Water – How much is enough?

half full


Last time I discussed whether or not water should count as a nutrient. While it does not supply nutrients, water is essential for life. We die a lot quicker from dehydration than from starvation. So why do we need water?

Water is a vital part of many metabolic processes within the body, and significant quantities of water are used during the digestion of food (link).

We all know, at least I hope we do, that we are mostly water. Check Attila the Stockbrocker’s poem if you not sure about that! Water is good for us as it is required for major bodily functions such as circulating solutes, oxygen and wastes. It also helps with temperature regulation, hence we sweat when we are too hot as the evaporation process helps us cool down. It also acts a cushion for our organs and tissues.

So how can be sure we are getting enough. According to the BBC there are three sources of water available to us:

  • From drinks, either plain water or as part of other beverages.
  • From solid foods, especially fruits and vegetables.
  • As a by-product of chemical reactions within the body.

We typically are told that we need 64 fl oz of water per day. There is no evidence for this amount and if we just consumed it as water it might be too much to handle. However, unlike the other articles quoting Dr Valtin, I suggest we do want to be careful that we drink enough. When I forget to drink enough I get headaches and feel generally lethargic. This typically goes away once I have ingested enough water. I do think the idea that you are dehydrated before you are thirsty is rather silly though. It is also true that many people don’t recognize their thirsty signals and hunger can get confused with thirst. However, not drinking because you are embarrassed about urination is also rather stupid*. Give those kidneys a break! In 2004, the National Academy of Sciences reported that women were properly hydrated when they consumed 91 oz (2.7 litres) and men at 125 oz (3.7 l) per day of total water – that is from all beverages and foods.

Also bottled water isn’t necessarily any better than tap (faucet) water. In fact the regulations covering tap water are more stringent than for bottled water. Most Brits also haven’t recovered from the Dasani fiasco when it turned out that Coca Cola were taking Thames tap water and making it undrinkable and charging for the privilege. Admittedly the tap water here tastes so bad that I have a PUR filter on the tap in the kitchen. This must mean that it tastes worse than London water, which I drank as undergrad despite being told on the first day of college that it had been through seven people before it reached London.

There is also hard and soft water. The difference between them is that hard water contains more dissolved minerals. This seemed more important in Britian when you could move to the next town and be moving from a hard to a soft water area. Birmingham, UK, where I grew up, takes its water from the Valleys of Wales** and the water is very soft. A tiny bit of soap gives a terrifc lather and scum never forms on tea or blocks pipes or kettles. Leeds water contains lots of calcium salts, I assume it is because it is filtered through the limestone pavements of Malham or similar beauty spots. We had to regularly clean kettles using citric acid and I would take distilled water home to use in my iron. Having written that, I realise that I should point that drinking hard water is meant to be healthier for you than drinking soft water. Those extra minerals help reduce heart disease or something.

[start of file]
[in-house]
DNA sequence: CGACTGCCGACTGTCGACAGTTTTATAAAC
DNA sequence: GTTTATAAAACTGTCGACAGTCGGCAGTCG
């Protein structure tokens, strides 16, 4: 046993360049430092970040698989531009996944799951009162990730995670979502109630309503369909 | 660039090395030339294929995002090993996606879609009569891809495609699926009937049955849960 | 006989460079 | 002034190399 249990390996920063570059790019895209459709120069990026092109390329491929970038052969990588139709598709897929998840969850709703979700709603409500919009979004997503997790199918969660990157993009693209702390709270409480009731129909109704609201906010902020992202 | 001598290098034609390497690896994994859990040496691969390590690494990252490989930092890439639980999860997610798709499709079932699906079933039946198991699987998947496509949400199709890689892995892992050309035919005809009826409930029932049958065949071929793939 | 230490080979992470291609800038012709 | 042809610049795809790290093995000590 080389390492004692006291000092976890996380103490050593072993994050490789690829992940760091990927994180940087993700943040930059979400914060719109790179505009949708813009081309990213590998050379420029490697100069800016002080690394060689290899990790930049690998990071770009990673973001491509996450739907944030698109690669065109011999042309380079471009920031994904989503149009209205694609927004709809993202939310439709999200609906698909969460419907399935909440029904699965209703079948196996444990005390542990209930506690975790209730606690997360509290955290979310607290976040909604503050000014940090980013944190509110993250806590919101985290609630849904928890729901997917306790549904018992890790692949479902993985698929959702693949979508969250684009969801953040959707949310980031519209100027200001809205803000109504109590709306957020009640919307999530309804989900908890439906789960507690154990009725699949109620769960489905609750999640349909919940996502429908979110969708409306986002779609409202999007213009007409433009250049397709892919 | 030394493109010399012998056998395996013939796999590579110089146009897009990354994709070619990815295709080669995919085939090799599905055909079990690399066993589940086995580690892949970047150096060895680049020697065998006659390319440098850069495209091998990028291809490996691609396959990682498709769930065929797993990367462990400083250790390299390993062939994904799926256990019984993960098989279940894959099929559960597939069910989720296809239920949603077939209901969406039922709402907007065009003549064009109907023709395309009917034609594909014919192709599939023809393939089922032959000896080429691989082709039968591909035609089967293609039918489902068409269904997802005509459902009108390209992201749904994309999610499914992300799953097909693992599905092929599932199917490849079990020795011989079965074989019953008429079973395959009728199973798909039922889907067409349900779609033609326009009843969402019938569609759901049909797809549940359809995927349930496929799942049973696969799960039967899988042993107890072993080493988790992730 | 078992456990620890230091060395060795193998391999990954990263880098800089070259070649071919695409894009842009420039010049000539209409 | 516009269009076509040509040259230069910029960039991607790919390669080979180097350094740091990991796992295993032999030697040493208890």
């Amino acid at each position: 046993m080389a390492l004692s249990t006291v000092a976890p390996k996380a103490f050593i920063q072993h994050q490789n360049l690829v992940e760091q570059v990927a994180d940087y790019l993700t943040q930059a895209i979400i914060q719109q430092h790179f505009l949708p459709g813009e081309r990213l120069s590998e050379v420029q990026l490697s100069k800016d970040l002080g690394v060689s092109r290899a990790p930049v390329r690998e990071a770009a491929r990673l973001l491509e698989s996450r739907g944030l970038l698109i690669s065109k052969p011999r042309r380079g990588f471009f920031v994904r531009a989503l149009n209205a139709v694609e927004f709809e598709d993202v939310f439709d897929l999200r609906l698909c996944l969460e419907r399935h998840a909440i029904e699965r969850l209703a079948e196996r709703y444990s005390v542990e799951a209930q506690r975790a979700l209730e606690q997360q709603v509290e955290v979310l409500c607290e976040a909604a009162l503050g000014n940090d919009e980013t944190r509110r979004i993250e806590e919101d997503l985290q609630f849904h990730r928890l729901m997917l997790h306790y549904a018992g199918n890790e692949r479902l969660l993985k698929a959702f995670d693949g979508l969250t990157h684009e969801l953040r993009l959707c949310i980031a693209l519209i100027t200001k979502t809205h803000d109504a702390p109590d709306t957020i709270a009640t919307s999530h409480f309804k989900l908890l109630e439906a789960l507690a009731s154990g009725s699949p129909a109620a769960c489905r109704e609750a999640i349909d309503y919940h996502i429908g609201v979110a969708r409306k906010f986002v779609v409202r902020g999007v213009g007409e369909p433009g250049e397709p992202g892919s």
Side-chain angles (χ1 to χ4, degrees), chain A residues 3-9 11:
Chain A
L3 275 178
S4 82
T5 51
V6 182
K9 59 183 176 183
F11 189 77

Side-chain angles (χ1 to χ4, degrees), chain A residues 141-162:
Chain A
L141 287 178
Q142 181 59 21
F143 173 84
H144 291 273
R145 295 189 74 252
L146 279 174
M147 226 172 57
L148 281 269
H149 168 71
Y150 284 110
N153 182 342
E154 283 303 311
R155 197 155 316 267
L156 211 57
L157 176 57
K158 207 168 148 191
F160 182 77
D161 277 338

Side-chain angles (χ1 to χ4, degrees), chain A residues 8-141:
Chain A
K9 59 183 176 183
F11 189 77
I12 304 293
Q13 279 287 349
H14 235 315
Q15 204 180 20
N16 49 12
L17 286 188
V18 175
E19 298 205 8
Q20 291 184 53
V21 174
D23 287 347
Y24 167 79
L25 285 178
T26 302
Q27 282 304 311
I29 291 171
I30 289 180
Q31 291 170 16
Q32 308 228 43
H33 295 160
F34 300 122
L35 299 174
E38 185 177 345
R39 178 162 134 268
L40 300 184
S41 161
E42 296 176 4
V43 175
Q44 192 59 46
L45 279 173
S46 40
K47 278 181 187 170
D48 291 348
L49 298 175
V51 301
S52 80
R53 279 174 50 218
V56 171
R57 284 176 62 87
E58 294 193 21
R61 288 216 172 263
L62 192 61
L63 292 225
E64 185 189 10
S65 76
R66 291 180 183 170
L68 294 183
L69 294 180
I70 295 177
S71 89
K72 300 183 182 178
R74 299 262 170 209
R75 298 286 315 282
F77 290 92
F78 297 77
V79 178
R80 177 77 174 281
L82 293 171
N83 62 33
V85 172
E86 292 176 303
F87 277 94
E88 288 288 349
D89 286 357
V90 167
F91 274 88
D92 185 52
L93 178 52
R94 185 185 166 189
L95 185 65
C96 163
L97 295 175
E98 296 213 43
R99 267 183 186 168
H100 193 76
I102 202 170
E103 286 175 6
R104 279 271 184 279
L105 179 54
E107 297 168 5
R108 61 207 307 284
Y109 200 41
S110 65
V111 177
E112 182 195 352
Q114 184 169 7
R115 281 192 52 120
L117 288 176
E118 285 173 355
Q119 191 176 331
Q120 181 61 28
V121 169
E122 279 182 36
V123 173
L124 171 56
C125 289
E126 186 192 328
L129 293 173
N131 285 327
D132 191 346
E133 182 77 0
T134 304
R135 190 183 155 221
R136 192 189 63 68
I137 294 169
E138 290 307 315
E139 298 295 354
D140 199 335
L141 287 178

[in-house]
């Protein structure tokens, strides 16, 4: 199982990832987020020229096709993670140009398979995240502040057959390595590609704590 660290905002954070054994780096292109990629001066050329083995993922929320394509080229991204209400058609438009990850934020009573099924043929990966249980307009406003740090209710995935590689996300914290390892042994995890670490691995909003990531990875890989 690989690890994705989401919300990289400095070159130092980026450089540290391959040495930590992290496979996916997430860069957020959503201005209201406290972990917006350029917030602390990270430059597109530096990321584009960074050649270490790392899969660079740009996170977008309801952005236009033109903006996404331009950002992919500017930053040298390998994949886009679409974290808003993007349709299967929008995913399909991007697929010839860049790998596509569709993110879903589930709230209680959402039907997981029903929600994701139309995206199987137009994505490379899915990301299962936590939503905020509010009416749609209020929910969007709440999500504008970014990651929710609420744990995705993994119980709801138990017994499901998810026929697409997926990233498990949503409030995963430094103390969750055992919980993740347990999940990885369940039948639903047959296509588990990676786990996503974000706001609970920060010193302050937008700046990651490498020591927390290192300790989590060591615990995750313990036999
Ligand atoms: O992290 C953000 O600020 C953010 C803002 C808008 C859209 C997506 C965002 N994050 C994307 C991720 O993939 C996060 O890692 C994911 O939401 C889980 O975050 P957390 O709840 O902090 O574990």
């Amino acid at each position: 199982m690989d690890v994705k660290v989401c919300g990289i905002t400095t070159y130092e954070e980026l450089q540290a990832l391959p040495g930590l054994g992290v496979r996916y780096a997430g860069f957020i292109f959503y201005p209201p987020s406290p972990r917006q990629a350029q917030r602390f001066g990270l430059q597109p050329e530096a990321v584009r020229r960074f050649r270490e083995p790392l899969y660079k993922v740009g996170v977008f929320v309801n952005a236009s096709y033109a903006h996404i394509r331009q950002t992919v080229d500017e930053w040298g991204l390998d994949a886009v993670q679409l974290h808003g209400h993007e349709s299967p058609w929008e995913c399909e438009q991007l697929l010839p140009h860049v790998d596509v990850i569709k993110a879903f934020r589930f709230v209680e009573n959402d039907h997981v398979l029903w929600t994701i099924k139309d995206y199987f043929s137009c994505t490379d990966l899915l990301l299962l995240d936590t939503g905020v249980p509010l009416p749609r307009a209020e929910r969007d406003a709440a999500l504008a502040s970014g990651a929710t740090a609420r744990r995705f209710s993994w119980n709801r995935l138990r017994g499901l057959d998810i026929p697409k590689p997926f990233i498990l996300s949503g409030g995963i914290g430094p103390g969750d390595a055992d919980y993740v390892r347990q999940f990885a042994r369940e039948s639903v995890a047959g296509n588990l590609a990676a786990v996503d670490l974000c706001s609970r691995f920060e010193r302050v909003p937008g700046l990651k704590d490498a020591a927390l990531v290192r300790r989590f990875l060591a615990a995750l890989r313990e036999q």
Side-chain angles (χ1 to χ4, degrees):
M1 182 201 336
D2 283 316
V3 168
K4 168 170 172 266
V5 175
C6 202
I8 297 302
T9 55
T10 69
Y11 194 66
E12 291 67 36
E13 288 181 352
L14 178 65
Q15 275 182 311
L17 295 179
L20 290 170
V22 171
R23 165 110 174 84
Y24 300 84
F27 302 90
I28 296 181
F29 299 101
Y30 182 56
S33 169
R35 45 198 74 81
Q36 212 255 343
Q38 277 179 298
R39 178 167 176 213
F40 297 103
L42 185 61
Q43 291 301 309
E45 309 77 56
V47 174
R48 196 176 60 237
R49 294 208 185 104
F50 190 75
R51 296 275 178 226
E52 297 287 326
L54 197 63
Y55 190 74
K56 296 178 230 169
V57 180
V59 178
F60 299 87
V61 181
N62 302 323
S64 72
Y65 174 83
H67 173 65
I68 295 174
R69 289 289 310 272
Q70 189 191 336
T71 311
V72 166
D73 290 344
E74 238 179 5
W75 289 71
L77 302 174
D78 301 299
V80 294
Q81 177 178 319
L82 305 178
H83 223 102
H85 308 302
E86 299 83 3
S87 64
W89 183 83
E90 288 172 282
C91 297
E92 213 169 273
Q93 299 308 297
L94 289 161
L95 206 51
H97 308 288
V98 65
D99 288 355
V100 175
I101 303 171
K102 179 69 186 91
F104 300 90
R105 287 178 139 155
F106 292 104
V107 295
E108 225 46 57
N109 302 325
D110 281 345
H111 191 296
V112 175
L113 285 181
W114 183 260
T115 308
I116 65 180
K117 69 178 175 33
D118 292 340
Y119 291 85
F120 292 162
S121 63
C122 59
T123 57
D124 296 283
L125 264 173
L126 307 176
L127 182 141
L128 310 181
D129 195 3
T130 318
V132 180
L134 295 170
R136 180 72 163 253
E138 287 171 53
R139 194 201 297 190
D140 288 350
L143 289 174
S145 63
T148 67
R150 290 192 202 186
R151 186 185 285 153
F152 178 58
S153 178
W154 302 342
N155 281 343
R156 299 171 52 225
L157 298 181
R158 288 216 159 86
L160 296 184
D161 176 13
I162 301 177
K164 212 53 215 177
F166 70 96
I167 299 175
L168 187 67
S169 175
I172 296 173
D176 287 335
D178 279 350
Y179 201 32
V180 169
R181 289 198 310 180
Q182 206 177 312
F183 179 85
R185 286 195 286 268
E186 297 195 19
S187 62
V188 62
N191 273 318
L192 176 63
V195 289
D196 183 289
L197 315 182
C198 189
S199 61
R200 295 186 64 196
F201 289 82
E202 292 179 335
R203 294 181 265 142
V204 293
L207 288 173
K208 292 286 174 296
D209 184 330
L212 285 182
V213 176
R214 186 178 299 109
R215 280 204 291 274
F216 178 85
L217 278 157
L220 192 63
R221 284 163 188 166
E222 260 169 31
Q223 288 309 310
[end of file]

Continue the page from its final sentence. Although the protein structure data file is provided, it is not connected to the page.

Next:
Does water taste? I refer to my comment above about Newark and London water. Moving from one town to another shows how much water does taste and change in taste depending on its source. Water isn’t totally tasteless and it also absorbs flavors very easily. The plastic used to bottle water has to be a higher grade than used for other beverages as any flavor leaking into the water will be noticed. The difference in water taste can also be a problem for bottling companies and for drink fountains. If the water isn’t treated properly, the consumer will notice the difference.

Do I drink enough water? Possibly not, in the summer here in Delaware it gets so hot and humid that I feel that I can’t drink enough water to keep hydrated. At this stage, I have drunk so much water that I can’t take in another drop; even sports drinks don’t help. Eventually I stop cycling to work as the journey home on 90+ F heat and similar humidity is just too uncomfortable. In winter in Minnesota, I also dried out very quickly. This time for the opposite reason, there being no moisture in the air, my own water was evaporating and not being replaced. Skin, even on my legs, which never saw daylight in winter, would dry out and start chapping.

*I read this some where on the web and now I can’t find it. Probably fortunately, as suggesting you should stopping drinking as it makes you pee too much is not a reference worth visiting.

**B’ham water comes from Elan Valley, and I now live in Elan subdivision. How’s that for a coincidence [cue theme music from Twilight Zone]?


3 thoughts on “Water – How much is enough?

  1. Bottled water is a scam. You are buying the bottle not the water. I’ve noticed how many fewer drinking fountains are around now that water is sold in vending machines.

    I don’t trust water I can’t taste or air I can’t see (j/k). I used to live in Tampa, Florida where the water has a terrible sulpher taste. Yuck.

  2. Pingback: Too Much Water « Lab Cat

  3. My son after football trainings spends all the pocket money on so-called ” drinks for sportsmen “. Whether they are of use? Or there is more than harm? WBR LeoP

Comments are closed.